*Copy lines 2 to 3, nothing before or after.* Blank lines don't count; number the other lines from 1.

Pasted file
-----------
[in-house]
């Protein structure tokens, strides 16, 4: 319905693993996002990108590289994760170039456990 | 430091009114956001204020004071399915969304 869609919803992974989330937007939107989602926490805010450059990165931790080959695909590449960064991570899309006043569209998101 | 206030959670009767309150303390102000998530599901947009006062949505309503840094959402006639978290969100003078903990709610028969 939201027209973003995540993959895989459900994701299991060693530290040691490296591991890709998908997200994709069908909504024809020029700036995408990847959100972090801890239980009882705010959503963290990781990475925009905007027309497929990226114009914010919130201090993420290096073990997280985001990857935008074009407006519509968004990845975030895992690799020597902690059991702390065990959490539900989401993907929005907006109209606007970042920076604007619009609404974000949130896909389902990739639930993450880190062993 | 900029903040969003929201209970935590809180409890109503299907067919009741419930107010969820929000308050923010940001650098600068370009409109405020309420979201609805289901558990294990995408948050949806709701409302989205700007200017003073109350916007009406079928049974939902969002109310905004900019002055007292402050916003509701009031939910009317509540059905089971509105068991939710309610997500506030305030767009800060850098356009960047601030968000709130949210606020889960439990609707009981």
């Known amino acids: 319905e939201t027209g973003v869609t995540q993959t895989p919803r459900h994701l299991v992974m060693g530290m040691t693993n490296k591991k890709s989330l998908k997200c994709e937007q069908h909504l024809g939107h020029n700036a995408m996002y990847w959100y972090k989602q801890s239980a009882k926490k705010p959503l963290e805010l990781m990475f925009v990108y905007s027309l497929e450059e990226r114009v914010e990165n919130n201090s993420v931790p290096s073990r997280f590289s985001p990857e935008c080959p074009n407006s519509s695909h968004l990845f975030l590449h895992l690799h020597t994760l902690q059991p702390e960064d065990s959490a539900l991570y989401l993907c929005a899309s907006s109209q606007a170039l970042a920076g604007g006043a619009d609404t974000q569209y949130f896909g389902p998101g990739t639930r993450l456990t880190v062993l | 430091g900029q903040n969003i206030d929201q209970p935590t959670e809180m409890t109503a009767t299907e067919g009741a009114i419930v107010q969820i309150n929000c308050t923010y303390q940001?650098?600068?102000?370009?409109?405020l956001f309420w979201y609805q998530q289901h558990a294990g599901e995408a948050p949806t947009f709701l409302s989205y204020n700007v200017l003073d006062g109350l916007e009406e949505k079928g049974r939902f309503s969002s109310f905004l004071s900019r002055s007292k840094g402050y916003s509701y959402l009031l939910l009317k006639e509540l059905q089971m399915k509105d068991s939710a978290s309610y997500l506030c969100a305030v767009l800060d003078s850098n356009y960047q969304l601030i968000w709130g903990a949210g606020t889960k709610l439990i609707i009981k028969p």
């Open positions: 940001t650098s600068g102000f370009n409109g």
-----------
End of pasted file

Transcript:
């Protein structure tokens, strides 16, 4: 319905693993996002990108590289994760170039456990 | 430091009114956001204020004071399915969304 869609919803992974989330937007939107989602926490805010450059990165931790080959695909590449960064991570899309006043569209998101 | 206030959670009767309150303390102000998530599901947009006062949505309503840094959402006639978290969100003078903990709610028969 939201027209973003995540993959895989459900994701299991060693530290040691490296591991890709998908997200994709069908909504024809020029700036995408990847959100972090801890239980009882705010959503963290990781990475925009905007027309497929990226114009914010919130201090993420290096073990997280985001990857935008074009407006519509968004990845975030895992690799020597902690059991702390065990959490539900989401993907929005907006109209606007970042920076604007619009609404974000949130896909389902990739639930993450880190062993 | 900029903040969003929201209970935590809180409890109503299907067919009741419930107010969820929000308050923010940001650098600068370009409109405020309420979201609805289901558990294990995408948050949806709701409302989205700007200017003073109350916007009406079928049974939902969002109310905004900019002055007292402050916003509701009031939910009317509540059905089971509105068991939710309610997500506030305030767009800060850098356009960047601030968000709130949210606020889960439990609707009981």
């Known amino acids: 319905e939201t027209g973003v869609t995540q993959t895989p919803r459900h994701l299991v992974m060693g530290m040691t693993n490296k591991k890709s989330l998908k997200c994709e937007q069908h909504l024809g939107h020029n700036a995408m996002y990847w959100y972090k989602q801890s239980a009882k926490k705010p959503l963290e805010l990781m990475f925009v990108y905007s027309l497929e450059e990226r114009v914010e990165n919130n201090s993420v931790p290096s073990r997280f590289s985001p990857e935008c080959p074009n407006s519509s695909h968004l990845f975030l590449h895992l690799h020597t994760l902690q059991p702390e960064d065990s959490a539900l991570y989401l993907c929005a899309s907006s109209q606007a170039l970042a920076g604007g006043a619009d609404t974000q569209y949130f896909g389902p998101g990739t639930r993450l456990t880190v062993l | 430091g900029q903040n969003i206030d929201q209970p935590t959670e809180m409890t109503a009767t299907e067919g009741a009114i419930v107010q969820i309150n929000c308050t923010y303390q940001?650098?600068?102000?370009?409109?405020l956001f309420w979201y609805q998530q289901h558990a294990g599901e995408a948050p949806t947009f709701l409302s989205y204020n700007v200017l003073d006062g109350l916007e009406e949505k079928g049974r939902f309503s969002s109310f905004l004071s900019r002055s007292k840094g402050y916003s509701y959402l009031l939910l009317k006639e509540l059905q089971m399915k509105d068991s939710a978290s309610y997500l506030c969100a305030v767009l800060d003078s850098n356009y960047q969304l601030i968000w709130g903990a949210g606020t889960k709610l439990i609707i009981k028969p």